“We had all our meetings at Elements, we’d get lunch at Biscuits and Company. We were able to walk everywhere from Engine, and get to know the community,” Niki Cousineau said.

“A lot has changed since we filmed ‘Thine Eyes’ in the empty mill buildings,” Jorge Cousineau said, referring to a film created with their company Subcircle in 2013. “One summer we filmed in there, the next it was split up and had Banded Brewing and Portland Pie,”

The trio will attend a conference in the fall on opening artists spaces and hopes to get ideas and inspiration to plan the space. Having artists in the space over a recent weekend helped provide a “bump of energy” for the project, said Niki Cousineau, and added that having friends and colleagues at the location helped make it feel like a reality.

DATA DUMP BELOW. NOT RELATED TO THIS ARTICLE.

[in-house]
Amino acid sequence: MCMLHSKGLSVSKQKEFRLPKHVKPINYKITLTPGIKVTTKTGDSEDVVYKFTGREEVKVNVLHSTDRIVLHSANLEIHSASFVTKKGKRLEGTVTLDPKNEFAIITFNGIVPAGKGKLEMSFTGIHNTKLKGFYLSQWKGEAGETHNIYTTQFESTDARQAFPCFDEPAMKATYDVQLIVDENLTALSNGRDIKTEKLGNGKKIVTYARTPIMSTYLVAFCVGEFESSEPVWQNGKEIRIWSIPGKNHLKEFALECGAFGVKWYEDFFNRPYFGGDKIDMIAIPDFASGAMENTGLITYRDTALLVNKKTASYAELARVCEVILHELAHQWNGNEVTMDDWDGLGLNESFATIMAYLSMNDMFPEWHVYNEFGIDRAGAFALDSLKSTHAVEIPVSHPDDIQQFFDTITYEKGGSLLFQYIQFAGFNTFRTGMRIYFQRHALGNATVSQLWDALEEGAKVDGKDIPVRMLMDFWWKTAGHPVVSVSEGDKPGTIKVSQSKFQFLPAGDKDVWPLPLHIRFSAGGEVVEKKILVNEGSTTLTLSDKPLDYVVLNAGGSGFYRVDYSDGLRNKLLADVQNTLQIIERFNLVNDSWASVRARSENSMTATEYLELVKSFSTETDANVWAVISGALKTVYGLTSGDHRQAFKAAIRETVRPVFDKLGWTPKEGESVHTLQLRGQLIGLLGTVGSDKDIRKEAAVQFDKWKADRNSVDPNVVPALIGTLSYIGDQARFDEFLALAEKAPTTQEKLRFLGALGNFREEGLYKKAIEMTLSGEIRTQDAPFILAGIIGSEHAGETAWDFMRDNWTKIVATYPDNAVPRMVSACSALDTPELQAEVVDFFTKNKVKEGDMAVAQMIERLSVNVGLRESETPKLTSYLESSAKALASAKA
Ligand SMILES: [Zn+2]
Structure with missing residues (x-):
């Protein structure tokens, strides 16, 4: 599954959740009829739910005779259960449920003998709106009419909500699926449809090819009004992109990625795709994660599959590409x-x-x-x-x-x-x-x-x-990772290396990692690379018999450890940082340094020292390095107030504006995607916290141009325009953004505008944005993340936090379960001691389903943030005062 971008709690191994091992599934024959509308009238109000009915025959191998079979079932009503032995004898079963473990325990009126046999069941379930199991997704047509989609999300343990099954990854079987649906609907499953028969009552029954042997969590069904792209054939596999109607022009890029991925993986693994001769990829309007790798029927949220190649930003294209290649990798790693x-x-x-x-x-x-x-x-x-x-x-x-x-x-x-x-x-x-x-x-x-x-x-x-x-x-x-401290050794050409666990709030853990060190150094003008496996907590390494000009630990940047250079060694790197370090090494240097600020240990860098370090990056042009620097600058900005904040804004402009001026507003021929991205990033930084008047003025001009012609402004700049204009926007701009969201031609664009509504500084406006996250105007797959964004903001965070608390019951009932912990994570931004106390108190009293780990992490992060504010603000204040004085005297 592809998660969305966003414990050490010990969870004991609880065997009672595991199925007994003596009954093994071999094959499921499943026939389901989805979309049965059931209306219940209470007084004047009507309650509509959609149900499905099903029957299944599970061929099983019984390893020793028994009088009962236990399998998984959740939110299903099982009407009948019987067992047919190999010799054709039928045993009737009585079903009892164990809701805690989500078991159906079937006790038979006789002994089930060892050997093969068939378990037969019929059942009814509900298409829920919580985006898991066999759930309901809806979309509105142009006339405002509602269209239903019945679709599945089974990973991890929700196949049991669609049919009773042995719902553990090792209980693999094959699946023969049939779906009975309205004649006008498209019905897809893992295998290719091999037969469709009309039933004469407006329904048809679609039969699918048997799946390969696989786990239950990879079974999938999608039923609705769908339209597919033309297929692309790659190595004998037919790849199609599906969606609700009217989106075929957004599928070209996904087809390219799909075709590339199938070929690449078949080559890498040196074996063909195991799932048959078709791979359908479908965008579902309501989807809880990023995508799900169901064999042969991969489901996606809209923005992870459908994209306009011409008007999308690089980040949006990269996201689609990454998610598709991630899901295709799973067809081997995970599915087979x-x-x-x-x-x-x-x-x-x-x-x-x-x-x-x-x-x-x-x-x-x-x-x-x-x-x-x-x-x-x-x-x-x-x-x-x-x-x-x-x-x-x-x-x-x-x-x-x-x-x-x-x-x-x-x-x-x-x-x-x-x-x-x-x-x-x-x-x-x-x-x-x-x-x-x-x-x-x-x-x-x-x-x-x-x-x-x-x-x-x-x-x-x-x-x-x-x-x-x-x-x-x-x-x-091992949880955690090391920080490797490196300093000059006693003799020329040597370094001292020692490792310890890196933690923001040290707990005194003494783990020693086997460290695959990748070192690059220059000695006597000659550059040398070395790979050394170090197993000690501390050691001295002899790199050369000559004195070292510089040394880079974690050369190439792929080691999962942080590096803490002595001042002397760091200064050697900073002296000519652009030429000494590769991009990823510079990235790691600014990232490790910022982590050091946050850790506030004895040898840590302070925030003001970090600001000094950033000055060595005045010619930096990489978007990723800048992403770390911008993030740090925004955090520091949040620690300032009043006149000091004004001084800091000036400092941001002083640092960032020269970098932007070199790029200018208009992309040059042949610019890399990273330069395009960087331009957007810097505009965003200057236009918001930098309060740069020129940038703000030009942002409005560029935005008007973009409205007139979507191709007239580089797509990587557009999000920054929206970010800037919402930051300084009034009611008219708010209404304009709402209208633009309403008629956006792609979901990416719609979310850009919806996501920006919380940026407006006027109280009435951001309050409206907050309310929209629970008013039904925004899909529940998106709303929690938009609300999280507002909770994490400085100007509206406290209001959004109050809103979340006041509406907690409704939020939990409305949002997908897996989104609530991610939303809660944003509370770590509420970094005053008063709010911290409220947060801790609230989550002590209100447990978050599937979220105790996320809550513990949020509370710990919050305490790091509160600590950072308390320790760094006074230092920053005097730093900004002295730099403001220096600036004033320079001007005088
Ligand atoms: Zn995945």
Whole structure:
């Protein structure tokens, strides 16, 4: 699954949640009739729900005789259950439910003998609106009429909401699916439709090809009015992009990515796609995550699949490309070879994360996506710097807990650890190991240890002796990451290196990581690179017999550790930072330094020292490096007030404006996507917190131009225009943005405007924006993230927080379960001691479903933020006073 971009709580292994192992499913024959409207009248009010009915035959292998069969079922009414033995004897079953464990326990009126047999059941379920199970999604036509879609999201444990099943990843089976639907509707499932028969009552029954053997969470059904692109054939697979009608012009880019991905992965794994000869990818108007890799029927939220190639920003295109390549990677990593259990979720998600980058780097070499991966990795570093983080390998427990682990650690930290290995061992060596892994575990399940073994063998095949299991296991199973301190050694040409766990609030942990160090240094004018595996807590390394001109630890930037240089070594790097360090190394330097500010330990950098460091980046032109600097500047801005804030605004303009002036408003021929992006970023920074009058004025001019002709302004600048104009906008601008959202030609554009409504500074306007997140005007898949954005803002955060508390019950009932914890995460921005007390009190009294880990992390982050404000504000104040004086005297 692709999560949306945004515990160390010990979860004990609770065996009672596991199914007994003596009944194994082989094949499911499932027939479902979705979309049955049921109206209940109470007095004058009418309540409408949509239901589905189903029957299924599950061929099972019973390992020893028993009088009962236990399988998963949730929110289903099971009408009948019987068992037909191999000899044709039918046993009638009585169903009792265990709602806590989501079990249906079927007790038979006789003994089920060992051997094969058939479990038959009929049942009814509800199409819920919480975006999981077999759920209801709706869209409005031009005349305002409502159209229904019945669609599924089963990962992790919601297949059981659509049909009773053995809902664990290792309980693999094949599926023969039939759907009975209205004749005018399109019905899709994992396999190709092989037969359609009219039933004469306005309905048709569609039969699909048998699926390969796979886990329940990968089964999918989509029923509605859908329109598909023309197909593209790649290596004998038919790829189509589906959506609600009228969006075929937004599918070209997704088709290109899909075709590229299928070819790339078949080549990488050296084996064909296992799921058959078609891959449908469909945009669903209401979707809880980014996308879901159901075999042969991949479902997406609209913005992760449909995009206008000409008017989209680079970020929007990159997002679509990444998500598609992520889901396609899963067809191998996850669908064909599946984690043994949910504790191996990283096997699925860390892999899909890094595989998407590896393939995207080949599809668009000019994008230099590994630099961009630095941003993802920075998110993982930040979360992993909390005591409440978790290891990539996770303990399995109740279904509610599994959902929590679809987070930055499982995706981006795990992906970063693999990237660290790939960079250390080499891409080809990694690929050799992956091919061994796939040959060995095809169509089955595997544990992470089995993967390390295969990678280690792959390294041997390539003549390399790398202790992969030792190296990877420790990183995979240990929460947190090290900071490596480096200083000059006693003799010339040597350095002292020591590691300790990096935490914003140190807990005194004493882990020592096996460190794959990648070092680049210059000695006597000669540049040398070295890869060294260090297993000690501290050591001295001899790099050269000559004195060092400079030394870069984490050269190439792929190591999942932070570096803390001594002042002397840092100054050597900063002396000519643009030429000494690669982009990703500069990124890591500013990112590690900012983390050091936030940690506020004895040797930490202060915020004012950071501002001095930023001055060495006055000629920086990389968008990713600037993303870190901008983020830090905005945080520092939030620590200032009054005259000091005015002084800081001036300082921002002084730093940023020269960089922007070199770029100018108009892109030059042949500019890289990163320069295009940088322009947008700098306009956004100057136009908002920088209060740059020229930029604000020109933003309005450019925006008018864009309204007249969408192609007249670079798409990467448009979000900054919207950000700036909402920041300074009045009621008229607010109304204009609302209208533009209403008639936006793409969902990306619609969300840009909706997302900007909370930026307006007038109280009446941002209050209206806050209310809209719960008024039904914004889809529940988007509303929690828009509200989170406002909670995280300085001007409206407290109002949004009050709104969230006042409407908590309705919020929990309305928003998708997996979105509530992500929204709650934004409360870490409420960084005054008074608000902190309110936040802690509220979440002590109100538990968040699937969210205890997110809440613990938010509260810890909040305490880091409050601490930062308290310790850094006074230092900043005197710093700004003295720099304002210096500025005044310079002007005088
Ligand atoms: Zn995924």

“We’re looking forward to seeing what the future holds for the space,” said Jorge Cousineau. “You can really feel the excitement, the vibrancy.”

For more information about the organization, visit subcirle.org.

Contact Staff Writer Abigail Worthing at news@inthecourier.com.

FMI

To learn more about plans for the property and the organization transforming it, visit subcircle.org.

Return to top